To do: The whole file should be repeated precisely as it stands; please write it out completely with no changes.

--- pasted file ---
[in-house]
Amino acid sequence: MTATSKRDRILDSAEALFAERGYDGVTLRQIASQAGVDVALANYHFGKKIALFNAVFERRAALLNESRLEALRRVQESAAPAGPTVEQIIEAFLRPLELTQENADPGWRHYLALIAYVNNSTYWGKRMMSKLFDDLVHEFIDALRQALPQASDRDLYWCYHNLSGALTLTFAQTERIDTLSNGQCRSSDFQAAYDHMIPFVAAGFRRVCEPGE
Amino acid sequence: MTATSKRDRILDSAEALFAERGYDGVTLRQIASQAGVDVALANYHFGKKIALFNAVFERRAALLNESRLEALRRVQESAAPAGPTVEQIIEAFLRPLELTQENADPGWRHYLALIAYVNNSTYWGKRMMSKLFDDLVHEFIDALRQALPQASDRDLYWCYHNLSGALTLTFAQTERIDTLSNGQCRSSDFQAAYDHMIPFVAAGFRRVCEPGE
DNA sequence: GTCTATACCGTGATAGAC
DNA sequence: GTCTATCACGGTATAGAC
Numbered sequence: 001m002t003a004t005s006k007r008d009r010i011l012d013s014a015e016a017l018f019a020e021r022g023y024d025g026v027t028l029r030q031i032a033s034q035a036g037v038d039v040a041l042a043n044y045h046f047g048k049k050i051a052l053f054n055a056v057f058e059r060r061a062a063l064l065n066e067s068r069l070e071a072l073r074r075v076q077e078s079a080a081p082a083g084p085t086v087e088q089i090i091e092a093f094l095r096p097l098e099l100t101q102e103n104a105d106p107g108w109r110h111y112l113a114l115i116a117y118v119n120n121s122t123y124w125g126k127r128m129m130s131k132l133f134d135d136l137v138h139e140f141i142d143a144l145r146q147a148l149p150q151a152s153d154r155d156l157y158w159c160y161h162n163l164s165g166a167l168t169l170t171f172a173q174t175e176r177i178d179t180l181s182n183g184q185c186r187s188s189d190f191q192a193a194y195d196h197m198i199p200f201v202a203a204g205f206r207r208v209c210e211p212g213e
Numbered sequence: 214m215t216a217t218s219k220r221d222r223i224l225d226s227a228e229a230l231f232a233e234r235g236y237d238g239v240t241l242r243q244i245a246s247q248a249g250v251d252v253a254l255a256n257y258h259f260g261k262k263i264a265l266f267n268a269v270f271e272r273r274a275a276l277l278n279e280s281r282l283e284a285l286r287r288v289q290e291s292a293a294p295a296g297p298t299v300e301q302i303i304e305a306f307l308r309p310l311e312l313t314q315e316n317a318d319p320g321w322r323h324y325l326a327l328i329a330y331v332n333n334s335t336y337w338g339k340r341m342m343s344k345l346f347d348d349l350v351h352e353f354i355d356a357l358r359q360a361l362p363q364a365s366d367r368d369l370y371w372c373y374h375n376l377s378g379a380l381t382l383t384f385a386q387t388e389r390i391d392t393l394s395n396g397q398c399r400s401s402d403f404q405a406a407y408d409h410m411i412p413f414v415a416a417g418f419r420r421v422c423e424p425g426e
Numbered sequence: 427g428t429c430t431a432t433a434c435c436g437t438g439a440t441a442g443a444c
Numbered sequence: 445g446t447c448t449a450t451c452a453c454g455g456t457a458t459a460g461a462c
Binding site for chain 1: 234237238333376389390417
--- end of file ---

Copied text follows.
[in-house]
Amino acid sequence: MTATSKRDRILDSAEALFAERGYDGVTLRQIASQAGVDVALANYHFGKKIALFNAVFERRAALLNESRLEALRRVQESAAPAGPTVEQIIEAFLRPLELTQENADPGWRHYLALIAYVNNSTYWGKRMMSKLFDDLVHEFIDALRQALPQASDRDLYWCYHNLSGALTLTFAQTERIDTLSNGQCRSSDFQAAYDHMIPFVAAGFRRVCEPGE
Amino acid sequence: MTATSKRDRILDSAEALFAERGYDGVTLRQIASQAGVDVALANYHFGKKIALFNAVFERRAALLNESRLEALRRVQESAAPAGPTVEQIIEAFLRPLELTQENADPGWRHYLALIAYVNNSTYWGKRMMSKLFDDLVHEFIDALRQALPQASDRDLYWCYHNLSGALTLTFAQTERIDTLSNGQCRSSDFQAAYDHMIPFVAAGFRRVCEPGE
DNA sequence: GTCTATACCGTGATAGAC
DNA sequence: GTCTATCACGGTATAGAC
Numbered sequence: 001m002t003a004t005s006k007r008d009r010i011l012d013s014a015e016a017l018f019a020e021r022g023y024d025g026v027t028l029r030q031i032a033s034q035a036g037v038d039v040a041l042a043n044y045h046f047g048k049k050i051a052l053f054n055a056v057f058e059r060r061a062a063l064l065n066e067s068r069l070e071a072l073r074r075v076q077e078s079a080a081p082a083g084p085t086v087e088q089i090i091e092a093f094l095r096p097l098e099l100t101q102e103n104a105d106p107g108w109r110h111y112l113a114l115i116a117y118v119n120n121s122t123y124w125g126k127r128m129m130s131k132l133f134d135d136l137v138h139e140f141i142d143a144l145r146q147a148l149p150q151a152s153d154r155d156l157y158w159c160y161h162n163l164s165g166a167l168t169l170t171f172a173q174t175e176r177i178d179t180l181s182n183g184q185c186r187s188s189d190f191q192a193a194y195d196h197m198i199p200f201v202a203a204g205f206r207r208v209c210e211p212g213e
Numbered sequence: 214m215t216a217t218s219k220r221d222r223i224l225d226s227a228e229a230l231f232a233e234r235g236y237d238g239v240t241l242r243q244i245a246s247q248a249g250v251d252v253a254l255a256n257y258h259f260g261k262k263i264a265l266f267n268a269v270f271e272r273r274a275a276l277l278n279e280s281r282l283e284a285l286r287r288v289q290e291s292a293a294p295a296g297p298t299v300e301q302i303i304e305a306f307l308r309p310l311e312l313t314q315e316n317a318d319p320g321w322r323h324y325l326a327l328i329a330y331v332n333n334s335t336y337w338g339k340r341m342m343s344k345l346f347d348d349l350v351h352e353f354i355d356a357l358r359q360a361l362p363q364a365s366d367r368d369l370y371w372c373y374h375n376l377s378g379a380l381t382l383t384f385a386q387t388e389r390i391d392t393l394s395n396g397q398c399r400s401s402d403f404q405a406a407y408d409h410m411i412p413f414v415a416a417g418f419r420r421v422c423e424p425g426e
Numbered sequence: 427g428t429c430t431a432t433a434c435c436g437t438g439a440t441a442g443a444c
Numbered sequence: 445g446t447c448t449a450t451c452a453c454g455g456t457a458t459a460g461a462c
Binding site for chain 1: 234237238333376389390417